It’s no secret that video games have a bad rap as a hobby. The image of the stereotypical gamer is a teen or 20-something male (even though 47% of gamers are women) killing time with Call of Duty in the family basement.
It’s not always that way, though. Playing games can be a way to encourage intellectual curiosity, not just pass time. My passion is history, so today I’ll share a selection of games that, for the right teen, could kindle interest in the past.
Crusader Kings II
Paradox Interactive has a history of making complex games; Crusader Kings II was an attempt to make something more accessible, and the result is one of the best games of 2012.
Players take the role of a feudal lord during the Middle Ages, ranging in rank from count of a single province to emperor of a huge territory. They must expand their power and defend their family from rivals within and without. Later expansions add the ability to play as a Muslim ruler, a subject of the Byzantine Empire, a merchant family in a republic, or a pagan warlord.
The game does an excellent job of capturing the harsh politics and betrayal of the Middle Ages (with occasional forays into more current events). Feudalism is one thing when taught as an abstract notion on a blackboard. It’s something else entirely when you’re attempting a cunning plan to usurp land from your wife’s relatives, only to realize your own son has betrayed you and seized the throne himself.
The Total War Series
The Scotland-based team at The Creative Assembly has been making these games since 2000 with the release of Shogun: Total War (set in feudal Japan). Since then, the series has covered the Medieval, Classical, and Enlightenment periods of European history. The most recent game in the series is Total War: Rome II.
Though a campaign map focused on strategic management of clan territory is included, the focus of each game is the tactical warfare. Players command personally assembled armies in combat. This makes for a tense and intellectual game experience. Players learn about the nature of warfare in each period.
Playing Napoleon: Total War? Time to learn how to place and protect artillery to cover your troops.
Playing Shogun: Total War? Buy guns from the Portuguese and watch your peasants crush an army of expert samurai.
The battle system is so effective at explaining how combat worked in each time period that Rome: Total War’s engine was used in two TV shows describing famous ancient battles.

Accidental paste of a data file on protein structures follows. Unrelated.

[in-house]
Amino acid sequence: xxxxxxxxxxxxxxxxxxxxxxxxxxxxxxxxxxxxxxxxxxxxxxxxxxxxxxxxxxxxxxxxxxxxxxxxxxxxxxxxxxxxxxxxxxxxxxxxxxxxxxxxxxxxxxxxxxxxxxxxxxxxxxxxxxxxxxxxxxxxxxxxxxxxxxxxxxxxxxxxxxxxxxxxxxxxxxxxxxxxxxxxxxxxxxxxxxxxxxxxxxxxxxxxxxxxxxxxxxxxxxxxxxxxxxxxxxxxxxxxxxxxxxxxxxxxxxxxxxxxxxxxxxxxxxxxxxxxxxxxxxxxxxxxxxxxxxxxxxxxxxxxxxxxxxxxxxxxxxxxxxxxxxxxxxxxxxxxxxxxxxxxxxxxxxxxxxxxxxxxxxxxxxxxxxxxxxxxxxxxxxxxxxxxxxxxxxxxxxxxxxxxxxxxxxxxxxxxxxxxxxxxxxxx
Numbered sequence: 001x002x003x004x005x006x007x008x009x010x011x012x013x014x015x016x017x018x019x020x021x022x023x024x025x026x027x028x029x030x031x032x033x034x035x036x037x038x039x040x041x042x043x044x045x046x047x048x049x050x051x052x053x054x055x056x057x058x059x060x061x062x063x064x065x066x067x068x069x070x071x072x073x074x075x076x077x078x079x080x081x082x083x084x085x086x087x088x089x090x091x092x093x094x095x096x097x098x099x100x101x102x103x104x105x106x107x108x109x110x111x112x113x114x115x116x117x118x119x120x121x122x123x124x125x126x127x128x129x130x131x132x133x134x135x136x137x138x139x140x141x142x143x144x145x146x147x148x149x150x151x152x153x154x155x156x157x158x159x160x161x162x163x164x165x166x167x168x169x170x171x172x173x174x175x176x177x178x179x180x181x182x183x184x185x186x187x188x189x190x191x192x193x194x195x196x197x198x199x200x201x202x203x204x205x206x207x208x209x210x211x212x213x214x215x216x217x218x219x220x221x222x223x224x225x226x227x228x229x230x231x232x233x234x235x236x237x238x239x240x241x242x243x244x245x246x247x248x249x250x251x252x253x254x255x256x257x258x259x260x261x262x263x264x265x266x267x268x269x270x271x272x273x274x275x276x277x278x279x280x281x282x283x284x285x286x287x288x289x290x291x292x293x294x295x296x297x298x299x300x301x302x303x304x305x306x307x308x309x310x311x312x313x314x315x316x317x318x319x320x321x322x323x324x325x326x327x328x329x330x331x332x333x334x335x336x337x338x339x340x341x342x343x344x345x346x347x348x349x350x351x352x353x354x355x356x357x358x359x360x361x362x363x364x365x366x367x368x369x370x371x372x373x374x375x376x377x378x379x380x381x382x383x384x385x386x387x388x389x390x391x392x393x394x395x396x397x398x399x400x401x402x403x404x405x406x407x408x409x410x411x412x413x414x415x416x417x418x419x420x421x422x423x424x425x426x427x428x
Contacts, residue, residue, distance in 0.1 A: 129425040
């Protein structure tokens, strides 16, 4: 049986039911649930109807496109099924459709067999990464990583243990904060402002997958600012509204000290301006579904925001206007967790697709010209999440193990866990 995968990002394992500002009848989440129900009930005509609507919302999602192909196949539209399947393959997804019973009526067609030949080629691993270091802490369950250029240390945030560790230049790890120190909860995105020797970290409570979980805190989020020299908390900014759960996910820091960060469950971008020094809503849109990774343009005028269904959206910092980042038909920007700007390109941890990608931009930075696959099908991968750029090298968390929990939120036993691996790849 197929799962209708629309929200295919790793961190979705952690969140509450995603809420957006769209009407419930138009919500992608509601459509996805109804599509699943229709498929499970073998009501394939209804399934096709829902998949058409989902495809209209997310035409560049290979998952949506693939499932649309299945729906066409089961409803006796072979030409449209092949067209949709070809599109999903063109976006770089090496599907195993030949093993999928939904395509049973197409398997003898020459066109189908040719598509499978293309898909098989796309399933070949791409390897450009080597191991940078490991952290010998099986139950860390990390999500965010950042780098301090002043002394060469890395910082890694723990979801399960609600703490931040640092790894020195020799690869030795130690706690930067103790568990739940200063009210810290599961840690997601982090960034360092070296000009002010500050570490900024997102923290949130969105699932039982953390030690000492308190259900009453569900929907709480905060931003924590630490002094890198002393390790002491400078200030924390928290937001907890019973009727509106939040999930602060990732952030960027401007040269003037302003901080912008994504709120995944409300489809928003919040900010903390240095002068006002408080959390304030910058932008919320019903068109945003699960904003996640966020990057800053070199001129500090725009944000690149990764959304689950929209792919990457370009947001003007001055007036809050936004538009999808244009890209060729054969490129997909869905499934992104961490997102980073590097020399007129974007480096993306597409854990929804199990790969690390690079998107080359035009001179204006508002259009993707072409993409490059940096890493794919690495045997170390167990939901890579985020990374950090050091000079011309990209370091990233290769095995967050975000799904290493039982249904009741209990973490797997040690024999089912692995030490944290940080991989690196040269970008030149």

Expeditions: Conquistador was independently developed by the small Danish studio Logic Artists. The game is set in 1518, and posits an ahistorical scenario whereby the player’s expedition of Spaniards arrives in Mexico and opens relations with the various native peoples, pre-empting the expedition of Hernan Cortez. The goal of the game is for players to think about how they would behave in Cortez’s position. They can attempt to forge peace between the Spaniards and native Mexicans or be as ruthless as Cortez in their seizure of territory and people. The campaign is split into two parts; one on the Spanish base of Hispaniola and the other on the mainland of Mexico.
The game does not shrink from a morally complex era of history. Though the narrative is (rightly) more sympathetic to the indigenous people, both sides are shown in a three-dimensional manner and neither is romanticized. The game is a bit rough in places (being independently developed) but it’s a gripping look at a dark time in our history.
Why These Games?
These games are all about strategy and management. Each game shows the player the difficulties and opportunities of a specific time period, making it possible to identify with the real-life people who were in those situations. These games can be challenging, but they let players empathize with the people who lived through trying times in our history. An older game in this vein was what got me started studying international relations, and one of these could do the same for the teen in your life.
In part two I’ll talk about games which use historical settings but go off the rails.
Crusader Kings II © Paradox Interactive. Rated T for Alcohol References, Mild Language, Mild Violence, and Sexual Themes. Available for PC on Steam, GamersGate, and Amazon.com. Single-player, up to 16 players via LAN/Internet.
The Total War Series is © Sega. All games in the Total War series are rated T. Available for PC on Steam. Single-player, multi-player functionality varies based on the individual title.
Expeditions: Conquistador is © bitComposer Entertainment AG. Not rated by the ESRB, Rated PEGI 16 by the Pan-European Game Information group. Available for PC on Steam and Good Old Games. Single-player, multiplayer skirmish via LAN/Internet.